Object permanence The recognition that objects exist independently of an individual's action or awareness; an important cognitive acquisition of infancy.
Object relations theory Psychoanalytic theory that originated with Melanie Klein's view that the building blocks of how people experience the world emerge from their relations to loved and hated objects (significant people in their lives).
Observational learning The process of learning new responses by watching the behavior of another.
Observer bias The distortion of evidence because of the personal motives and expectations of the viewer.
Obsessive-compulsive disorder (OCD) A mental disorder characterized by obsessions-recurrent thoughts, images, or impulses that recur or persist despite efforts to suppress them-and compulsions-repetitive, purposeful acts performed according to certain rules or in a ritualized manner.
Occipital lobe Rearmost region of the brain; contains primary visual cortex.
Olfactory bulb The center where odor-sensitive receptors send their signals, located just below the frontal lobes of the cortex.
Operant Behavior emitted by an organism that can be characterized in terms of the observable effects it has on the environment.
Operant conditioning Learning in which the probability of a response is changed by a change in its consequences.
Operant extinction When a behavior no longer produces predictable consequences, its return to the level of occurrence it had before operant conditioning.
Operational definition A definition of a variable or condition in terms of the specific operation or procedure used to determine its presence.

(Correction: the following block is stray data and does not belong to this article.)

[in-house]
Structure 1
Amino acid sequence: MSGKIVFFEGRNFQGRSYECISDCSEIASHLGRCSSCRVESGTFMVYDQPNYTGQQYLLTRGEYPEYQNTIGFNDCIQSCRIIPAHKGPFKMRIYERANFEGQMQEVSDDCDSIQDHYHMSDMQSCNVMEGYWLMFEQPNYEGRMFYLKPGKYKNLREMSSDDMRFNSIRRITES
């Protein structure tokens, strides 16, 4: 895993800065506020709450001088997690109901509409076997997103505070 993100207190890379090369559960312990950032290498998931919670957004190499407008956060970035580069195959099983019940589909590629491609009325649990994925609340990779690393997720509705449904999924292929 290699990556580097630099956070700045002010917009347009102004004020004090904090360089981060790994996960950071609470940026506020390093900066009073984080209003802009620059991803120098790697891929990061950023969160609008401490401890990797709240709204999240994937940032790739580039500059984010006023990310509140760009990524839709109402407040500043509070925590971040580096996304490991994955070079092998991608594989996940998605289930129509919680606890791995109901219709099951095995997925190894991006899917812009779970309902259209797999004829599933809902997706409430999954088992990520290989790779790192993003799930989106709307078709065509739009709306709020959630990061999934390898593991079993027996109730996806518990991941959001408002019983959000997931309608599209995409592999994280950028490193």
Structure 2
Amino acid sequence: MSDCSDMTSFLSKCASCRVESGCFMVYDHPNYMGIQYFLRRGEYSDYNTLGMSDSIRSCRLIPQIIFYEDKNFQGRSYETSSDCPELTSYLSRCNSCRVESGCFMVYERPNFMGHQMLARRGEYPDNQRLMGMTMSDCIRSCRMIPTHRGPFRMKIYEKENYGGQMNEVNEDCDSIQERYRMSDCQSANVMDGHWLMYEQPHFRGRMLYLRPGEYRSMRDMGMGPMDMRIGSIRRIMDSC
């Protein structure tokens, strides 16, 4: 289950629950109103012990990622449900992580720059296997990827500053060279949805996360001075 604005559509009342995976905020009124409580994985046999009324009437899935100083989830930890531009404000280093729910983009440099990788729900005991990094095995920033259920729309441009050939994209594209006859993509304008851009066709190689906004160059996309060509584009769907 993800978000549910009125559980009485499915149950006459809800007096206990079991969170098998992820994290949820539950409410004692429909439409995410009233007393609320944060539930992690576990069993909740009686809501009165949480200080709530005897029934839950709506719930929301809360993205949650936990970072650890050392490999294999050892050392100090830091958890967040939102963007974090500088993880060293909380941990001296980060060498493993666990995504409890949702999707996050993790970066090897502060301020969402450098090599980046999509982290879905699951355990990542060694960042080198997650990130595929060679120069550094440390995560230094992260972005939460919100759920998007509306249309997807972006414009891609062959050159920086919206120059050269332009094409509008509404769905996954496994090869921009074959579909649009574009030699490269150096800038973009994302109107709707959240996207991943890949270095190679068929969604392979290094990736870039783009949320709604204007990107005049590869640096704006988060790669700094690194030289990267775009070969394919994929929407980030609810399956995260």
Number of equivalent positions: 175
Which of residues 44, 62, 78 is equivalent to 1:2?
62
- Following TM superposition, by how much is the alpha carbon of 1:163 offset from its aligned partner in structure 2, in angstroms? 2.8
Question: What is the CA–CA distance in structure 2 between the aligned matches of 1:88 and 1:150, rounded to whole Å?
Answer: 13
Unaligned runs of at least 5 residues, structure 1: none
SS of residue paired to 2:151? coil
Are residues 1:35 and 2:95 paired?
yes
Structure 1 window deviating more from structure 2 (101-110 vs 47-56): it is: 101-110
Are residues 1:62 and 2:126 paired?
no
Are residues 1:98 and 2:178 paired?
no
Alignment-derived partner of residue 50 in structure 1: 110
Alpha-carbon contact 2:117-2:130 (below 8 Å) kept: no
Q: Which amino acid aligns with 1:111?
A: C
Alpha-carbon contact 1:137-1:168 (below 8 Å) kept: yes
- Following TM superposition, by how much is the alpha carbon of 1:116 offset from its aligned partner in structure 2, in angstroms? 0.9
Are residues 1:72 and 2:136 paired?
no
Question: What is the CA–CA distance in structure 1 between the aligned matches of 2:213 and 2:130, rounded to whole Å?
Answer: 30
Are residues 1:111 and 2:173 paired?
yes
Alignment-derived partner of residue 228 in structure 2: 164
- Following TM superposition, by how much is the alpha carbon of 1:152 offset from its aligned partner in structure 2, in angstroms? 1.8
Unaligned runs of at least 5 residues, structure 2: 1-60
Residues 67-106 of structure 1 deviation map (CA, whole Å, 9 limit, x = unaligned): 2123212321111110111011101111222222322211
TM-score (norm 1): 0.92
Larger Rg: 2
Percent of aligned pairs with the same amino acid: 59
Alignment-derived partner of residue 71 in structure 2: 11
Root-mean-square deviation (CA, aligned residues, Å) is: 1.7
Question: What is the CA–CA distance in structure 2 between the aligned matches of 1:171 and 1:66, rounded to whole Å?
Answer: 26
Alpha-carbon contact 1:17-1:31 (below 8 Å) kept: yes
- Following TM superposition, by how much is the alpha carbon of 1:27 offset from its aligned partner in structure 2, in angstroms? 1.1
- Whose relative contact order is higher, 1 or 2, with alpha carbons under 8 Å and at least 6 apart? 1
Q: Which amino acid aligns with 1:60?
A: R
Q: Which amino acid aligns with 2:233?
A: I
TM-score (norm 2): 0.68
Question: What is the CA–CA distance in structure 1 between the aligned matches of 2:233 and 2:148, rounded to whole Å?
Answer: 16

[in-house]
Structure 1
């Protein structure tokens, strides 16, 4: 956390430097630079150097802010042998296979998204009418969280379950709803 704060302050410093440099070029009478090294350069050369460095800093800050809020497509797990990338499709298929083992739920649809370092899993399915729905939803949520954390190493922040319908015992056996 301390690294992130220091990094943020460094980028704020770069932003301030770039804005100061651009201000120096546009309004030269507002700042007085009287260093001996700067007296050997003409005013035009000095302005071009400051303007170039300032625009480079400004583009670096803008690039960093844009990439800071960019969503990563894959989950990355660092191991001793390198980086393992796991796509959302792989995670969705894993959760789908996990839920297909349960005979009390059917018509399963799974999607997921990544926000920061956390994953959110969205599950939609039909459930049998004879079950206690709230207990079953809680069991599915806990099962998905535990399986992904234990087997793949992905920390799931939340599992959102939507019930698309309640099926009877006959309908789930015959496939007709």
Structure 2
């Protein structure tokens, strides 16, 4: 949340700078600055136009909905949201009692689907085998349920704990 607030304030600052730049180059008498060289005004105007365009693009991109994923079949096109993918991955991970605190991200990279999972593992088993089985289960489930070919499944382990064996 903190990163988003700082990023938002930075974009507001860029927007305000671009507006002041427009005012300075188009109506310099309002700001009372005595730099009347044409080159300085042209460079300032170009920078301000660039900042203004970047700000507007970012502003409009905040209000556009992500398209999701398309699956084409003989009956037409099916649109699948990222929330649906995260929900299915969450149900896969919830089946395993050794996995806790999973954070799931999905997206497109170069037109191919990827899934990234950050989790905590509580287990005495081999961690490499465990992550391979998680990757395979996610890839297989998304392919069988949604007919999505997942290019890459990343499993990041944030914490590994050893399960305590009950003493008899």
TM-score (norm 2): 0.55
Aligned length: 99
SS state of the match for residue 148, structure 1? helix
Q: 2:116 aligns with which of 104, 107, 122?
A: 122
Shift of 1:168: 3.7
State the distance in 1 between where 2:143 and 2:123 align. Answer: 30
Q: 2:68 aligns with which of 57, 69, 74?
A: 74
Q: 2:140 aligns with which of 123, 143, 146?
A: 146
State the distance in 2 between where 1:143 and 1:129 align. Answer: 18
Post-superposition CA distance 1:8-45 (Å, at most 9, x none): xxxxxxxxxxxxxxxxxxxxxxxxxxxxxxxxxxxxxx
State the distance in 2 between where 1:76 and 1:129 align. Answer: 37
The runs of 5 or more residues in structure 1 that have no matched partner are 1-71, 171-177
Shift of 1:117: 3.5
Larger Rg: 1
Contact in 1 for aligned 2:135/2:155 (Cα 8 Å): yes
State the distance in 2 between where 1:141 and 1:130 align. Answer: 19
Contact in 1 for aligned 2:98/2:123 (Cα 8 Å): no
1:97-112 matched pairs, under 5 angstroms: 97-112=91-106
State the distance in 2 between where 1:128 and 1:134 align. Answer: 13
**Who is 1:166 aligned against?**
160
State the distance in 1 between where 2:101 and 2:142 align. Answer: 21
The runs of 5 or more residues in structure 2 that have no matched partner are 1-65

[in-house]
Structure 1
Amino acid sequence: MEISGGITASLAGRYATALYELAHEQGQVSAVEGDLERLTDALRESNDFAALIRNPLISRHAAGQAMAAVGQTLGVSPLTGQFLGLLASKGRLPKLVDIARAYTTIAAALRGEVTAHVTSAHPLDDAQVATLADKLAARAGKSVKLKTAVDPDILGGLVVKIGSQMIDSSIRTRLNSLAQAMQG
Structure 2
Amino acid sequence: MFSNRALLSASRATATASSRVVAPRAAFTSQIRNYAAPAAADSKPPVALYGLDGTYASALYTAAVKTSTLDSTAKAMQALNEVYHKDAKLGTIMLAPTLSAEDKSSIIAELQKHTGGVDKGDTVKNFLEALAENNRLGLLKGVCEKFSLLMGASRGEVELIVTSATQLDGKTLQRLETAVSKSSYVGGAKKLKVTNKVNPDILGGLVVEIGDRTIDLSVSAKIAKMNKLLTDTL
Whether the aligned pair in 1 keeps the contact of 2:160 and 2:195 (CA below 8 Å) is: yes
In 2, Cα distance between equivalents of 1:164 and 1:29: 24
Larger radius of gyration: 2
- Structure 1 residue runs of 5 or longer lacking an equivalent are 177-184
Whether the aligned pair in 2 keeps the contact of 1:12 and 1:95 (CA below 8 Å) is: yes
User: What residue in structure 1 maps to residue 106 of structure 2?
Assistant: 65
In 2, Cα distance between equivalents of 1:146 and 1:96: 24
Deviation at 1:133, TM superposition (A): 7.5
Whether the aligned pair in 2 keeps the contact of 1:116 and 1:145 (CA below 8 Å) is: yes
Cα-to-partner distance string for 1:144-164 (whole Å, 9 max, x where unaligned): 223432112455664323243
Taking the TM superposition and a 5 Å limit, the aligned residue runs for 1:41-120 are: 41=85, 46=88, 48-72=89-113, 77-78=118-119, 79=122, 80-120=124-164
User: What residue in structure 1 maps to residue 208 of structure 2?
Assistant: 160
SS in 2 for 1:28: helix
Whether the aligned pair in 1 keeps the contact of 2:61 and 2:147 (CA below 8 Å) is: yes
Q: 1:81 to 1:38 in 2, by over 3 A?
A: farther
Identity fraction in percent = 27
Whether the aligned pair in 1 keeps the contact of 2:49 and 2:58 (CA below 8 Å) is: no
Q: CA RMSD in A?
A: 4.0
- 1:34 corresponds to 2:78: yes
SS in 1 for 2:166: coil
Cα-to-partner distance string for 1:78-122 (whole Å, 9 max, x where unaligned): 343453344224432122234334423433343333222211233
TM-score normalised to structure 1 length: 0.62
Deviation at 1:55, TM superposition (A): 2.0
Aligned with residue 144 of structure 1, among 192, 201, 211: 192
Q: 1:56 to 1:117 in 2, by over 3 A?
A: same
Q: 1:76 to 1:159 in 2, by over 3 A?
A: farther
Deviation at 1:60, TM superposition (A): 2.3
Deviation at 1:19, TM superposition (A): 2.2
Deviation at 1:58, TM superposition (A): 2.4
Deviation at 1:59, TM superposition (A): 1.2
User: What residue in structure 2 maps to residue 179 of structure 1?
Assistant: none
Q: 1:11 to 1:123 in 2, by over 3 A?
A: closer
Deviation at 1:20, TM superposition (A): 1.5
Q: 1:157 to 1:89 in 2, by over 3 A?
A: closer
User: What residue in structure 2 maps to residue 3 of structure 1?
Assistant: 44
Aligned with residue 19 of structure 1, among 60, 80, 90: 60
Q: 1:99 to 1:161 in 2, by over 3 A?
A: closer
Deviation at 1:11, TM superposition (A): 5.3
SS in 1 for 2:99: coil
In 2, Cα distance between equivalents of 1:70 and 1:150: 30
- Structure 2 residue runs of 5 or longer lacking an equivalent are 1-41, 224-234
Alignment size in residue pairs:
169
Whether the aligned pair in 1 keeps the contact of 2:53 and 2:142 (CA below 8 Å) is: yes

Opponent-process theory The theory that all color experiences arise from three systems, each of which includes two "opponent" elements (red versus green, blue versus yellow, and black versus white).
Optic nerve The axons of the ganglion cells that carry information from the eye toward the brain.
Organismic variables The inner determinants of an organism's behavior.
Organizational psychologists Psychologists who study various aspects of the human work environment, such as communication among employees, socialization or enculturation of workers, leadership, job satisfaction, stress and burnout, and overall quality of life.
Orientation constancy The ability to perceive the actual orientation of objects in the real world despite their varying orientation in the retinal image.
Out-groups The groups with which people do not identify.
Overregularization A grammatical error, usually appearing during early language development, in which rules of the language are applied too widely, resulting in incorrect linguistic forms.